10 Ways To Profit From Bernanke's Big Move

ben bernanke

Photo: AP

In light of the new tightening cycle, we wanted to revisit recent analysis from David Rosenberg on how to play the markets when the dollar is showing strength (as it is today, and as it will for sometime as the cycle continues).It’s not easy, seeing as a rising buck has been coinciding with a decline in everything priced in dollars.

Rosenberg writes:

Since the onset of the credit crisis in 2007, there have seen three occasions when a surge in risk aversion caused a period of U.S. dollar strength on flight-to-safety trades — July 15, 2008 to September 11 2008 (around the GSEs); September 22, 2008 to November 21, 2008 (post-Lehman financial collapse) and then from December 17, 2008 to March 5, 2009 (the final leg down in the financials). Here is what happened, on average, during these dollar-rally episodes — ultra-defensive strategies and heightened volatility.

He then outlines 10 specific patterns...

How to take advantage of a surging dollar >

Buy dollars directly (obviously)

'The DXY (U.S. dollar index) rallied an average of 12.3% during this time.' Make like a fund manager and embrace it. Notice the huge rise in the value of the dollar during last fall? It could have been your play.'

Source: Gluskin-Sheff: Breakfast With Dave

Image: Bloomberg

Check out utilities, staples, and healthcare

'The S&P 500 corrected an average of 18.5%. Underperforming S&P equity sectors included materials, energy, industrials and financials. Outperformers included utilities, staples, health care, tech and telecom.'

Source: Gluskin-Sheff: Breakfast With Dave

Image: BI

And surprisingly, Canadian markets don't do as bad as you'd expect.

'Despite the downdraft in commodities, the TSX performed in line with the S&P -- losing 18%.'

Source: Gluskin-Sheff: Breakfast With Dave

Image: BI

And don't forget: the TSX isn't correlated to the S&P 500

'In the TSX sectors, the winners and losers were different than in the U.S.A.: Financials and industrials actually outperformed. Only materials and energy seriously dragged down the Canadian market. As in the U.S., staples, health care, utilities, tech and telecom outperformed. Outside of resources, the TSX sectors actually outperformed their S&P comparable.'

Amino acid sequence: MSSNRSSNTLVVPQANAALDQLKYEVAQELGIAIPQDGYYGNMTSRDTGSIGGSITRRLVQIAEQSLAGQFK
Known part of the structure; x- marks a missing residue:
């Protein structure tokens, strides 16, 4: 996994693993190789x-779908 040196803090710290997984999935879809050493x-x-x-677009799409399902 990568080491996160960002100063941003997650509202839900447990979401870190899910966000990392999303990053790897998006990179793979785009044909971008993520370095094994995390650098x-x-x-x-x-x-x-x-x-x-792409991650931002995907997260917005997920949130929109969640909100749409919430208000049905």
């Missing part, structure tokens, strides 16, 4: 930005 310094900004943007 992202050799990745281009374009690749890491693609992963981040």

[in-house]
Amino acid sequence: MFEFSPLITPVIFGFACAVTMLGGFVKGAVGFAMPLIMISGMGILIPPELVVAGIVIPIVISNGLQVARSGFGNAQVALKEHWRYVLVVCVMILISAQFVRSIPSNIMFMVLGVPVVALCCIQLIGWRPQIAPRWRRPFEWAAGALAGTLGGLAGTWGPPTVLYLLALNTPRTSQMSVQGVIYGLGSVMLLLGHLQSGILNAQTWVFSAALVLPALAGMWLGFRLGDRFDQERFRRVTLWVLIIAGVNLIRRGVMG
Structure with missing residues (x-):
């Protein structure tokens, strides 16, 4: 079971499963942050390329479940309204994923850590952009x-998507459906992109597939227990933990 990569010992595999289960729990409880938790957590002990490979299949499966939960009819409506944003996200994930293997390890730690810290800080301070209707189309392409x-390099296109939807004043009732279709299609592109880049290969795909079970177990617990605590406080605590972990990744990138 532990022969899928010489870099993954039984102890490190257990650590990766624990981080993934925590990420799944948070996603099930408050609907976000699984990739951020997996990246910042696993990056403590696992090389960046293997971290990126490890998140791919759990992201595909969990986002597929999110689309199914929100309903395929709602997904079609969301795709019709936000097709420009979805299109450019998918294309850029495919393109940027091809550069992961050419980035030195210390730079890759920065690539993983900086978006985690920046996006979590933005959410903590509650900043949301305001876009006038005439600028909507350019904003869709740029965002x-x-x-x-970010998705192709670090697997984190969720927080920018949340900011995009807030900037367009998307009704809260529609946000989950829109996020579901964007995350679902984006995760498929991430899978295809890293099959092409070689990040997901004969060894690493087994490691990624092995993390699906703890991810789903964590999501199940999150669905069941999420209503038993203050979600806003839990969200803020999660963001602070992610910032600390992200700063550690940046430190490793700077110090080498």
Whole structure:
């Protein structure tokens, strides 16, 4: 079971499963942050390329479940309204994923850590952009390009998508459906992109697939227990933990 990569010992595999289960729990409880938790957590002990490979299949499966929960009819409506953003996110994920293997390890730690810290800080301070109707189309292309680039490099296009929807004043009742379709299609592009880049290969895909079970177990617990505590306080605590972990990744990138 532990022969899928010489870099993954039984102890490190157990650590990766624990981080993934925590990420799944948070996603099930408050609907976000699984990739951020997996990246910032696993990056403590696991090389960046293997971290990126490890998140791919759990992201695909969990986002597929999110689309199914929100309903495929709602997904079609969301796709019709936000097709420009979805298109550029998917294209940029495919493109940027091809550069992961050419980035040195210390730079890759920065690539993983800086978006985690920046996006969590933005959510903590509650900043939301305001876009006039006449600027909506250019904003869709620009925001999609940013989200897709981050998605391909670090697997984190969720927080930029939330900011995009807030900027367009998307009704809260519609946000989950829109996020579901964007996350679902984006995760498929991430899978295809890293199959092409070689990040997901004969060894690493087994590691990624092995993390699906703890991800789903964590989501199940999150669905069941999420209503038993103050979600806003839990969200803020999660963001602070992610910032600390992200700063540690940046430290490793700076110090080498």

Source: Gluskin-Sheff: Breakfast With Dave

Image: Google Finance

Still, if the economy sucks, you can't do much about it

As the dollar rises, use the pullback in commodities as a buying opportunity

'During the aforementioned period (2008) the price of oil, on average, fell 26%, and gold was off an average of 11%. The CRB index corrected an average of 22%.'

Source: Gluskin-Sheff: Breakfast With Dave

Image: BI

Buy the VIX

'The VIX index surge an average of 34% during these U.S. dollar-rally episodes.'

Source: Gluskin-Sheff: Breakfast With Dave

Image: Wong Park via BI

The yield curve steepens.

'We saw a bull steepening in the bond market -- 2-year T-note yields plunge an average of 36bps while 10-year T-note yields dipped 8bps.'

Source: Gluskin-Sheff: Breakfast With Dave

Image: BI

Don't go chasing junk bonds.

'Baa corporate spreads widened an average of 54bps; and by 268bps for high-yield bonds.' Fat returns will soon find their way into your portfolio during this time.'

Source: Gluskin-Sheff: Breakfast With Dave

Business Insider Emails & Alerts

Site highlights each day to your inbox.

Follow Business Insider Australia on Facebook, Twitter, LinkedIn, and Instagram.